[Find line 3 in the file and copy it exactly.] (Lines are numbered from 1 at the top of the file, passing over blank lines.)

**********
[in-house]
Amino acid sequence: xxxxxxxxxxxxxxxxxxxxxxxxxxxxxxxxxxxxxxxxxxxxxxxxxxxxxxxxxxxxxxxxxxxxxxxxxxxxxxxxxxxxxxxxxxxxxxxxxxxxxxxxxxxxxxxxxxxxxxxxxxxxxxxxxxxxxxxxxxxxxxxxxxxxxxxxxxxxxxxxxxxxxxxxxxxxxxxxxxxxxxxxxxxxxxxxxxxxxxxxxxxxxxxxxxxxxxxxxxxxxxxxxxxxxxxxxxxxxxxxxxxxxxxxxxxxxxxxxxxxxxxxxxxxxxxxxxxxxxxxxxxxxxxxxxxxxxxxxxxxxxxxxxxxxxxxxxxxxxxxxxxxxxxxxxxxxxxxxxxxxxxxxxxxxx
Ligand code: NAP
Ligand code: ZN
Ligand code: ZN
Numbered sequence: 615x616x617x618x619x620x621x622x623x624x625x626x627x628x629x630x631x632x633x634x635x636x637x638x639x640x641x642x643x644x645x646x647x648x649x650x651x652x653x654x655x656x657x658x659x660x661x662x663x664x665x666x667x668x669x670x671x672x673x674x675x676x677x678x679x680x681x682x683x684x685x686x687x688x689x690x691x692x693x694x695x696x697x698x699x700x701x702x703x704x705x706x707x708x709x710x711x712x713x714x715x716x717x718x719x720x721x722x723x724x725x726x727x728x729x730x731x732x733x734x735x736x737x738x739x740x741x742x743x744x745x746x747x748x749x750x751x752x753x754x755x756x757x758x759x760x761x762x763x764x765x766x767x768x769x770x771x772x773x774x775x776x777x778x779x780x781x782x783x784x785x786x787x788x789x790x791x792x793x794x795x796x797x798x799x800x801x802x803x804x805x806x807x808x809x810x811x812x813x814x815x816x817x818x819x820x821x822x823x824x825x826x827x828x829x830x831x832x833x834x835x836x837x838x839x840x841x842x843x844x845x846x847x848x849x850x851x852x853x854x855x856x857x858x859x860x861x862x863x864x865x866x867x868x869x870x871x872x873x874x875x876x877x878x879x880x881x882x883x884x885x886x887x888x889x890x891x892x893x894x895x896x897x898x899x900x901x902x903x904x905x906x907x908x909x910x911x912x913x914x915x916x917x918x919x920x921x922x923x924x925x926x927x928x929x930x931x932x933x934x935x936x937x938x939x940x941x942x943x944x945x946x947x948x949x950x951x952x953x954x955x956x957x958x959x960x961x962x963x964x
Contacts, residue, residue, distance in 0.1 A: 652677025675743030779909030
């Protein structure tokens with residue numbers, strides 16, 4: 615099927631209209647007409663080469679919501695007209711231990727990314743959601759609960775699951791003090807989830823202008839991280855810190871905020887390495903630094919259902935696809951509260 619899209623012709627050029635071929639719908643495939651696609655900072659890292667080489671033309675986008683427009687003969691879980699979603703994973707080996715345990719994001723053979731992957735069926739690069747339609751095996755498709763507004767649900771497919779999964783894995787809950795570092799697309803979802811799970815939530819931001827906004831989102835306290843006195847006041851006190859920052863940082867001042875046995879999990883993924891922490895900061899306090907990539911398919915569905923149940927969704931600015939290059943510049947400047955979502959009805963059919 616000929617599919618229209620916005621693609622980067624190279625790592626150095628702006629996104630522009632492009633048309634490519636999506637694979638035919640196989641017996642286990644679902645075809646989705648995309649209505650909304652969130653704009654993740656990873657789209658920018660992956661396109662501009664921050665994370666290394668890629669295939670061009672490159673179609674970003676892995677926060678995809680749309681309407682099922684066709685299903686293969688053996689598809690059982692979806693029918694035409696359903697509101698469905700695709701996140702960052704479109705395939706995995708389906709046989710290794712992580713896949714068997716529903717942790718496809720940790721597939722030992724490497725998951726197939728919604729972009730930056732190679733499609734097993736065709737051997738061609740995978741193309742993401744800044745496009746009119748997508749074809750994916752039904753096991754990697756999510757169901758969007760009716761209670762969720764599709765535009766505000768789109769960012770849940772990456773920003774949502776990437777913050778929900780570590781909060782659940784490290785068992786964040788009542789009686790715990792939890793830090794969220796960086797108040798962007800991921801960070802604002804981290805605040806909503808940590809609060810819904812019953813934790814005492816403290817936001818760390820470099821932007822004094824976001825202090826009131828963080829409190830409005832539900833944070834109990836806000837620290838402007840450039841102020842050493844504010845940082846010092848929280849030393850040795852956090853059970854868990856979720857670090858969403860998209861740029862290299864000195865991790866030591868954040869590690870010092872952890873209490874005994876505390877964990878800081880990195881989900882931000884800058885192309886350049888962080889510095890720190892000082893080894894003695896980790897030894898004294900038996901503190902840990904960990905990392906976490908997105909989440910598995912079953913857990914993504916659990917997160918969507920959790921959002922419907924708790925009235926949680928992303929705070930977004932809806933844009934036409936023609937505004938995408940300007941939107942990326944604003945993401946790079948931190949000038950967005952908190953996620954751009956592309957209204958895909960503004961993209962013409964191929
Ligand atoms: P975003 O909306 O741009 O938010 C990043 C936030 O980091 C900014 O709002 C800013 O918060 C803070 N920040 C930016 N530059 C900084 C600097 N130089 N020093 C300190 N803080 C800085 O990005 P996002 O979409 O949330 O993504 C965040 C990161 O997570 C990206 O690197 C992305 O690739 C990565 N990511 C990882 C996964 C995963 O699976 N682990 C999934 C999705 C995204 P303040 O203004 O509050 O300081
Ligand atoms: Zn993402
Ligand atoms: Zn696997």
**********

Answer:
Ligand code: NAP